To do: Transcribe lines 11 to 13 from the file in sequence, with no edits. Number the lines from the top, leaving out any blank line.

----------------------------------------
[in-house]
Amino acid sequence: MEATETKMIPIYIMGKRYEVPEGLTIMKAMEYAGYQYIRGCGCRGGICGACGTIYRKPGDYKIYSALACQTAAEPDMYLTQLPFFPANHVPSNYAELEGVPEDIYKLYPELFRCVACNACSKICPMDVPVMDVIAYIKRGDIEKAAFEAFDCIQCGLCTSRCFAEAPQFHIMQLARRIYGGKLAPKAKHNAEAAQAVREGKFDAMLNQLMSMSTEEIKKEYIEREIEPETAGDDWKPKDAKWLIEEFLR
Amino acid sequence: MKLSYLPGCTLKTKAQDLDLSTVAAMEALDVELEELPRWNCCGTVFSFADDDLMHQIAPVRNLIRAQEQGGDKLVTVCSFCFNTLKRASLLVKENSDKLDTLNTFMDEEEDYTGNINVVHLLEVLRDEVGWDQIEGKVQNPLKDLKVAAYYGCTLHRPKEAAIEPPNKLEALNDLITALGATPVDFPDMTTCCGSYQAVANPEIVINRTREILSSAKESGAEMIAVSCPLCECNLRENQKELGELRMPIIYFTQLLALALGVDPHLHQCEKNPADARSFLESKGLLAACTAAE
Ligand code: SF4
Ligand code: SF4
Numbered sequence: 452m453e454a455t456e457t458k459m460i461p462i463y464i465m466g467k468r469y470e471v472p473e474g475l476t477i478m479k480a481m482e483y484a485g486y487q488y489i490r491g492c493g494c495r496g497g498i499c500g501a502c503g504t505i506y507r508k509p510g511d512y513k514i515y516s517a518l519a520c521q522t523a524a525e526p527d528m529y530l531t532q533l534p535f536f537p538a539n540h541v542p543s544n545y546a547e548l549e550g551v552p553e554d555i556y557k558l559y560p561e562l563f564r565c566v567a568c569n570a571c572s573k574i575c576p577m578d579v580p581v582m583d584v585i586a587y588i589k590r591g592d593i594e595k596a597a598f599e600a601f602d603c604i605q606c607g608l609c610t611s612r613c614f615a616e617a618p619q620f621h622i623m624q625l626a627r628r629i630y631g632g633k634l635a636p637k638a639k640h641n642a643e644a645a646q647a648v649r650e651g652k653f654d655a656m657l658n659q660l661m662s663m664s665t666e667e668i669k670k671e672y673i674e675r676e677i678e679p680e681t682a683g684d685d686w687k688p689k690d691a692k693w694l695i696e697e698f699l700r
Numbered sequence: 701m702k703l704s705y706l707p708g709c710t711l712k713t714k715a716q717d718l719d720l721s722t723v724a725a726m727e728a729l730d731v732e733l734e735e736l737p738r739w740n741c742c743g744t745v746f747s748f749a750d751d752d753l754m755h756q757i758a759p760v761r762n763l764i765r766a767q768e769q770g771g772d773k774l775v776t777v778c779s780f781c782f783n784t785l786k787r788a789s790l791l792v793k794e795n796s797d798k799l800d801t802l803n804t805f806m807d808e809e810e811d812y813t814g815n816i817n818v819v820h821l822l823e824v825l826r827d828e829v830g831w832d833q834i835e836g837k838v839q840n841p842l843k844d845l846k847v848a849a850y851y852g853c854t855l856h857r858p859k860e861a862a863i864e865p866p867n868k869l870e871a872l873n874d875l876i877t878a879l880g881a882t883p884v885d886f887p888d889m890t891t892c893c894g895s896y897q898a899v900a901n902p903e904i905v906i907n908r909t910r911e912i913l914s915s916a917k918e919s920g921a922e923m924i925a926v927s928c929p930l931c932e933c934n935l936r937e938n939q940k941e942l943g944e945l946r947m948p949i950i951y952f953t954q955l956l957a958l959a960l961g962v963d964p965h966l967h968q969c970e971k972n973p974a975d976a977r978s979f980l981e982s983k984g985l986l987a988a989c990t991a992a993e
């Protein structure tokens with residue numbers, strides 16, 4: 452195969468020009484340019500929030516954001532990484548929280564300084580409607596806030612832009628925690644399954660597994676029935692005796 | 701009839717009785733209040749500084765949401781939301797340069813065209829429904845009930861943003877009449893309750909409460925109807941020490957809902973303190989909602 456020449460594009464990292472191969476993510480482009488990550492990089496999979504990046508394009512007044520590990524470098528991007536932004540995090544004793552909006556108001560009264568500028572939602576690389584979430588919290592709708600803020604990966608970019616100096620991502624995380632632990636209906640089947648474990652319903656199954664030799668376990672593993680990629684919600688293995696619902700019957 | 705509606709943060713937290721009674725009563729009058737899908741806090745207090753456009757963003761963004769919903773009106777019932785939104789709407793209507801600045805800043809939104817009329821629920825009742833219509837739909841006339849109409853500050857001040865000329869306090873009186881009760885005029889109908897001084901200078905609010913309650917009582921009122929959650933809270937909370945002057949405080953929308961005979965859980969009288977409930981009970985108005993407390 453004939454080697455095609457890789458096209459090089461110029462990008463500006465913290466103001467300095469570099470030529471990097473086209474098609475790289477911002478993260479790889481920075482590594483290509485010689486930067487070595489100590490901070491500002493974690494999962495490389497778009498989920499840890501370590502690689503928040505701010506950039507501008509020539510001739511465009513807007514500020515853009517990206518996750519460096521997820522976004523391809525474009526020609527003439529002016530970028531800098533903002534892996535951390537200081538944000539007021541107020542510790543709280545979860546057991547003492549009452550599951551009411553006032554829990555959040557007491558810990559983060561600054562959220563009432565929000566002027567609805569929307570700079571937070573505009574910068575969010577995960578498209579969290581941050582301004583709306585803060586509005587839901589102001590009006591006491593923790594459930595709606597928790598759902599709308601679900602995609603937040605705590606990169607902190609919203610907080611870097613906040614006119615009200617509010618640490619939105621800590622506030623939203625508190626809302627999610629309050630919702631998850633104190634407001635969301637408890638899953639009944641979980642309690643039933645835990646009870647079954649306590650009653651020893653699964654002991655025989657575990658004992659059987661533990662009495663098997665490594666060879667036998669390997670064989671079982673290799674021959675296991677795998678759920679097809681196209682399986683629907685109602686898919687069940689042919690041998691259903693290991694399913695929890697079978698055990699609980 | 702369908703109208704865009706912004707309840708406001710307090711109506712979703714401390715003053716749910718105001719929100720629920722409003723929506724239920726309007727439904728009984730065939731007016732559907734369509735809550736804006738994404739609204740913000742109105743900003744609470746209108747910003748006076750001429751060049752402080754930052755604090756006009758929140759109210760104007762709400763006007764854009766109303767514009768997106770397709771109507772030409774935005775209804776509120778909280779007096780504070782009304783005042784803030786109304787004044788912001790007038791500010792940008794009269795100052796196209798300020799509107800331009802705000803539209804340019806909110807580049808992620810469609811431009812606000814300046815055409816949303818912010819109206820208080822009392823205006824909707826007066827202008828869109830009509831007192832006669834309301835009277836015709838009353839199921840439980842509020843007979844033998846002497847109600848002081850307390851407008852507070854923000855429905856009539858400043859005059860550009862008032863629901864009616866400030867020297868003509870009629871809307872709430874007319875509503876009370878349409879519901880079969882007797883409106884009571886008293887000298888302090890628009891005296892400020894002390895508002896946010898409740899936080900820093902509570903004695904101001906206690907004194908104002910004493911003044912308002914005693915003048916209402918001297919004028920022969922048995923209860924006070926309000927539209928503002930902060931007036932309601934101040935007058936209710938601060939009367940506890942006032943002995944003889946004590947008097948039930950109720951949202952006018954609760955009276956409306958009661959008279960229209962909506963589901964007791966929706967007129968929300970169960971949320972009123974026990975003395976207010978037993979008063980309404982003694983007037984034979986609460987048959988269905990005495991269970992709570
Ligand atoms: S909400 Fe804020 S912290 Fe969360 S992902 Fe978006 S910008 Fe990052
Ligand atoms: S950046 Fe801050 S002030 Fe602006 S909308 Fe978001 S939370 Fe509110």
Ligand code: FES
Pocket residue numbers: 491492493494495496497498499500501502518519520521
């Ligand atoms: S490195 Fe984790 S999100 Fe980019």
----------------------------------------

Ligand code: FES
Pocket residue numbers: 491492493494495496497498499500501502518519520521
């Ligand atoms: S490195 Fe984790 S999100 Fe980019």